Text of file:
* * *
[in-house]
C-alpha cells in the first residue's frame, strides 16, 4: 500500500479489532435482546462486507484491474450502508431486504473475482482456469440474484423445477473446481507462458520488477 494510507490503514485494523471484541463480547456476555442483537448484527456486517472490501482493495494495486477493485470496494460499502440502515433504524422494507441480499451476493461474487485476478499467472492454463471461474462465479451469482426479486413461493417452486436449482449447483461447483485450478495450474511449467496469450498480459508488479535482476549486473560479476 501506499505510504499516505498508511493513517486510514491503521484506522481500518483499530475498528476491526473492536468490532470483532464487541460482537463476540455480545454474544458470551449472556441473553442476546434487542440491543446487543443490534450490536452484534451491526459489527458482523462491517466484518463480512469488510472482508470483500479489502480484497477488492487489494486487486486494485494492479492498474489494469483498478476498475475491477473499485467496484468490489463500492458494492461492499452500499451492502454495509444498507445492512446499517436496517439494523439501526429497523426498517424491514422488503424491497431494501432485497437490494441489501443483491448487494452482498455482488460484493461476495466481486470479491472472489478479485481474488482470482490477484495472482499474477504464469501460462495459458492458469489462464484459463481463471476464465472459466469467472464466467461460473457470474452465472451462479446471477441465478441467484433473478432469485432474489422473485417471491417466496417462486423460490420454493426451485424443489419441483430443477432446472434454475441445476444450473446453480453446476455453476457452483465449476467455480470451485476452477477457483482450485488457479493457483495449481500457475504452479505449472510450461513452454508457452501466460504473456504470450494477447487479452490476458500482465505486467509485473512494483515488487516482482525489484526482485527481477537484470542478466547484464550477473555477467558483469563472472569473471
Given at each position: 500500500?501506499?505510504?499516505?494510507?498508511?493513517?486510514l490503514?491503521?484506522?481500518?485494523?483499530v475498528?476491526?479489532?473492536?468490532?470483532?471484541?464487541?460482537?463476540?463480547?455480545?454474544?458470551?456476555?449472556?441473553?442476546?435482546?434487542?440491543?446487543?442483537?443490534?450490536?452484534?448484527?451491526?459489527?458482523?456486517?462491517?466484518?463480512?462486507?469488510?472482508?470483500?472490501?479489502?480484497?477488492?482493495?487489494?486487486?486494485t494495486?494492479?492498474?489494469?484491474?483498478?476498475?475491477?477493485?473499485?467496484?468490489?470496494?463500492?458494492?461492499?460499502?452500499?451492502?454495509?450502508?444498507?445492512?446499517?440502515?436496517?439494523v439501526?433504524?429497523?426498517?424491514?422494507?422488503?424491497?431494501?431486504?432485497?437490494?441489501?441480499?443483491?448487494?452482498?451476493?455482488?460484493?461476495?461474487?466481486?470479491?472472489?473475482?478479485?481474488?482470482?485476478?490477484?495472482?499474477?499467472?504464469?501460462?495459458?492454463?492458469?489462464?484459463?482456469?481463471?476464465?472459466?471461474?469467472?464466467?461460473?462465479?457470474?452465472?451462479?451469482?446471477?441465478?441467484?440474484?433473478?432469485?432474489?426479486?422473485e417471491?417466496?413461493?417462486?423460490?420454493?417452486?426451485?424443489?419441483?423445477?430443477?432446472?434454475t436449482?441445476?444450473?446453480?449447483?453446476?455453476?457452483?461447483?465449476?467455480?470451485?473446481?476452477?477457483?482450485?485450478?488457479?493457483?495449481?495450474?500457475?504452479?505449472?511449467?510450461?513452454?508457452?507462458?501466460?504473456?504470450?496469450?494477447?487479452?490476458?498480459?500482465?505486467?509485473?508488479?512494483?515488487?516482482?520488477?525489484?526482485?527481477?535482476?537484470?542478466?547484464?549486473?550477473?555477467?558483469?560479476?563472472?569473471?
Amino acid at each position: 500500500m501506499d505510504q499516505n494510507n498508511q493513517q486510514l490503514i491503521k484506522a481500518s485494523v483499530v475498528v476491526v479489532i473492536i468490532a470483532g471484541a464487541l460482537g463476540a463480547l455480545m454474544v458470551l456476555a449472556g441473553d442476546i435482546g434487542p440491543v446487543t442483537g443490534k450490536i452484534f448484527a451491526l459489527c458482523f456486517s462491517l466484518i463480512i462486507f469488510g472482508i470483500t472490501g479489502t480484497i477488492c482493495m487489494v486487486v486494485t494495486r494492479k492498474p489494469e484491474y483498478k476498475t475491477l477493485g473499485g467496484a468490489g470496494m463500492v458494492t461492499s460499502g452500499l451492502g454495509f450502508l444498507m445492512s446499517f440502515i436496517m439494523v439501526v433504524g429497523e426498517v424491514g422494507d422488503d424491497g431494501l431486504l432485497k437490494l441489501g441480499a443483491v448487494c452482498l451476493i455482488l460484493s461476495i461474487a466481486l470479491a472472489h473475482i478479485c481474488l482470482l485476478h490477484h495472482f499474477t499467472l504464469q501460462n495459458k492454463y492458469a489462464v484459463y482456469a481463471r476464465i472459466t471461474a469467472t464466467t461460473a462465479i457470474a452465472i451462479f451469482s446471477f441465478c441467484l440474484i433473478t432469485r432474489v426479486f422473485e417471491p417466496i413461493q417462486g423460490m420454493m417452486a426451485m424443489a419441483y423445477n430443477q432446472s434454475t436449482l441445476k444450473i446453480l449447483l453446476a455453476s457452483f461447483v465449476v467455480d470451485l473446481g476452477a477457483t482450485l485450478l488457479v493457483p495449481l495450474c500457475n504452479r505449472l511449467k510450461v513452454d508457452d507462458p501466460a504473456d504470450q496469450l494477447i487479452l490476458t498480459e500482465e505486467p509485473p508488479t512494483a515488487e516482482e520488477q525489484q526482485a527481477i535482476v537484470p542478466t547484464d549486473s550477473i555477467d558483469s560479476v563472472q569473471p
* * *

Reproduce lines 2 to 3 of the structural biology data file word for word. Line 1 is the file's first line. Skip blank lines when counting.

C-alpha cells in the first residue's frame, strides 16, 4: 500500500479489532435482546462486507484491474450502508431486504473475482482456469440474484423445477473446481507462458520488477 494510507490503514485494523471484541463480547456476555442483537448484527456486517472490501482493495494495486477493485470496494460499502440502515433504524422494507441480499451476493461474487485476478499467472492454463471461474462465479451469482426479486413461493417452486436449482449447483461447483485450478495450474511449467496469450498480459508488479535482476549486473560479476 501506499505510504499516505498508511493513517486510514491503521484506522481500518483499530475498528476491526473492536468490532470483532464487541460482537463476540455480545454474544458470551449472556441473553442476546434487542440491543446487543443490534450490536452484534451491526459489527458482523462491517466484518463480512469488510472482508470483500479489502480484497477488492487489494486487486486494485494492479492498474489494469483498478476498475475491477473499485467496484468490489463500492458494492461492499452500499451492502454495509444498507445492512446499517436496517439494523439501526429497523426498517424491514422488503424491497431494501432485497437490494441489501443483491448487494452482498455482488460484493461476495466481486470479491472472489478479485481474488482470482490477484495472482499474477504464469501460462495459458492458469489462464484459463481463471476464465472459466469467472464466467461460473457470474452465472451462479446471477441465478441467484433473478432469485432474489422473485417471491417466496417462486423460490420454493426451485424443489419441483430443477432446472434454475441445476444450473446453480453446476455453476457452483465449476467455480470451485476452477477457483482450485488457479493457483495449481500457475504452479505449472510450461513452454508457452501466460504473456504470450494477447487479452490476458500482465505486467509485473512494483515488487516482482525489484526482485527481477537484470542478466547484464550477473555477467558483469563472472569473471
Given at each position: 500500500?501506499?505510504?499516505?494510507?498508511?493513517?486510514l490503514?491503521?484506522?481500518?485494523?483499530v475498528?476491526?479489532?473492536?468490532?470483532?471484541?464487541?460482537?463476540?463480547?455480545?454474544?458470551?456476555?449472556?441473553?442476546?435482546?434487542?440491543?446487543?442483537?443490534?450490536?452484534?448484527?451491526?459489527?458482523?456486517?462491517?466484518?463480512?462486507?469488510?472482508?470483500?472490501?479489502?480484497?477488492?482493495?487489494?486487486?486494485t494495486?494492479?492498474?489494469?484491474?483498478?476498475?475491477?477493485?473499485?467496484?468490489?470496494?463500492?458494492?461492499?460499502?452500499?451492502?454495509?450502508?444498507?445492512?446499517?440502515?436496517?439494523v439501526?433504524?429497523?426498517?424491514?422494507?422488503?424491497?431494501?431486504?432485497?437490494?441489501?441480499?443483491?448487494?452482498?451476493?455482488?460484493?461476495?461474487?466481486?470479491?472472489?473475482?478479485?481474488?482470482?485476478?490477484?495472482?499474477?499467472?504464469?501460462?495459458?492454463?492458469?489462464?484459463?482456469?481463471?476464465?472459466?471461474?469467472?464466467?461460473?462465479?457470474?452465472?451462479?451469482?446471477?441465478?441467484?440474484?433473478?432469485?432474489?426479486?422473485e417471491?417466496?413461493?417462486?423460490?420454493?417452486?426451485?424443489?419441483?423445477?430443477?432446472?434454475t436449482?441445476?444450473?446453480?449447483?453446476?455453476?457452483?461447483?465449476?467455480?470451485?473446481?476452477?477457483?482450485?485450478?488457479?493457483?495449481?495450474?500457475?504452479?505449472?511449467?510450461?513452454?508457452?507462458?501466460?504473456?504470450?496469450?494477447?487479452?490476458?498480459?500482465?505486467?509485473?508488479?512494483?515488487?516482482?520488477?525489484?526482485?527481477?535482476?537484470?542478466?547484464?549486473?550477473?555477467?558483469?560479476?563472472?569473471?